I would really REALLY like you to contribute to the Book of Nurses in celebration of International Nurses Week this year (May 6-12).
Your story matters.
OK then, to start off tell us what country/area you live in, how long you have been nursing for, what areas you have worked in and the specialty you currently work in.?
I started my nursing career as a hospital-based student in June, 1989, at the Alfred Hospital in Melbourne. I did external rotations for mid, paeds, psych, community health and District Nursing, and internal rotations through ED, ICU, theatre, radiology, and almost every ward and department in the hospital. In my staffing year (like a graduate year) we had to choose a medical, surgical and specialty rotation – I opted for the stroke unit, road trauma, and (cheating a little), endocrinology, which was also the stroke unit. Almost 23 years later and I’m still there, though we now encompass four other specialties (neurology, renal, rheumatology and infectious diseases) too.
What made you decide to become a nurse?
I wish I could say I always wanted to be a nurse, but even though my mother, my aunt, one of my cousins and some great aunts were all nurses, it never occurred to me when I was at school – I wanted to be a psychologist. I’d have made a terrible psychologist, so it’s a good thing I didn’t get the marks to study it. Instead I found my way to nursing through chance, after I dropped out of uni, and it was the best decision I’ve ever made.
How have you seen the profession change over the course of your career? Do you see a positive future for the nurses that are graduating now?
My first patient load, after nine weeks of preliminary training, was four women about a fortnight post hip replacement – they were all still confined to bed, and none had any significant comorbidities. Quite aside from the changes in best practice and hip replacement management, I’d be hard-pressed to find four patients on my current 32-34 bed ward that were that well – patients are so much more acutely ill now than they were when I started out, getting sicker every year, and only remain inpatients for as long as they absolutely have to be.
At the same time health care is far more specialised, technical, and complex – I think it’s particularly difficult for new nurses starting out to nurse the patient as well as the machines! And we have a lot more autonomy, responsibility, and far more paperwork than was the case two decades ago.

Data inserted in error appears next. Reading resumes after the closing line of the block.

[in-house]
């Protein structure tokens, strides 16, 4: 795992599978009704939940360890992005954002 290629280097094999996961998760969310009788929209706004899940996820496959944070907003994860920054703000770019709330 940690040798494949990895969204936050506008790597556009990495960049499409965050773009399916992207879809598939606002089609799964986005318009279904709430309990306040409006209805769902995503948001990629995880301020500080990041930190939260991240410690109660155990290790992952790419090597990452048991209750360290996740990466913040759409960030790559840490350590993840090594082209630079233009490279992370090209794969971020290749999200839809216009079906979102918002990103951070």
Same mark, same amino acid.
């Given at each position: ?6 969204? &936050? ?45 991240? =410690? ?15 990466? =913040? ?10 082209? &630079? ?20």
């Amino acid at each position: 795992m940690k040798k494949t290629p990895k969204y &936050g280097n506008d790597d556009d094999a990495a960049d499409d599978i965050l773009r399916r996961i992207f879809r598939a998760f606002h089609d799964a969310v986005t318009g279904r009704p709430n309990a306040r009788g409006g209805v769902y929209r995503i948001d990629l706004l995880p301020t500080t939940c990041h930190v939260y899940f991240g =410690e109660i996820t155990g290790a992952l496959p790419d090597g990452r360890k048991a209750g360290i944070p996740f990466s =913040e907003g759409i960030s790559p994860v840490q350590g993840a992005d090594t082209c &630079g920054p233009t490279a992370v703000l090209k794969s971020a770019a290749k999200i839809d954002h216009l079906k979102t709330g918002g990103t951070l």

My hospital has an average nursing age of 27, so I get to spend a lot of time with the next generation of nurses – I think the Victorian public’s in good hands, and I hope that these young women and men find nursing as rewarding and long-term a career as I have.
Tell us a story: an amazing, funny, moving or memorable moment from your book of shifts.
Not long after I was registered I was showering an elderly man one morning. I was wearing a rather unflattering light blue dress paired with white gumboots and a flimsy disposable apron. As I was leaning over my patient to wash his back I remember thinking that the water was nice and warm, an instant before I realised that, if I had the shower hose in my hand then that liquid on my leg wasn’t water.
I diluted the urine and patted my dress a little dry with one of the towels, but easily a third of my uniform from the waist down was very damp. My plan was to return my (now clean and dry) patient to his room then head to the nurses’ home and change. As I wheeled him out of the bathroom we almost collided with the Stroke unit’s grand round, who were coming to see my patient. The consultant glanced at my staggeringly attractive ensemble and said “Well, you do get involved in the shower, don’t you?”
I replied “It’s not all water.” As one, the eight or so doctors took a step back, revealing my NUM as the only non-urinephobic member of the group.
Not just a nurse: what about when you are not at work? What do you get up to in the rest of your life?
Inspired by a colleague who had no option but to continue nursing, I started studying in part so that if or when I became burned out in nursing I’d have a career alternative. Without really meaning to, I’ve started acquiring post-grad qualifications – I’ve now got a grad dip and a Master’s in health ethics, a second Master’s in Social Health, and am part way through a PhD exploring why health care practitioners who talk to patients while performing death work do so. I’ve presented at international conferences, really enjoy the academic environment, and had aspired to transition into academia in the next three to five years.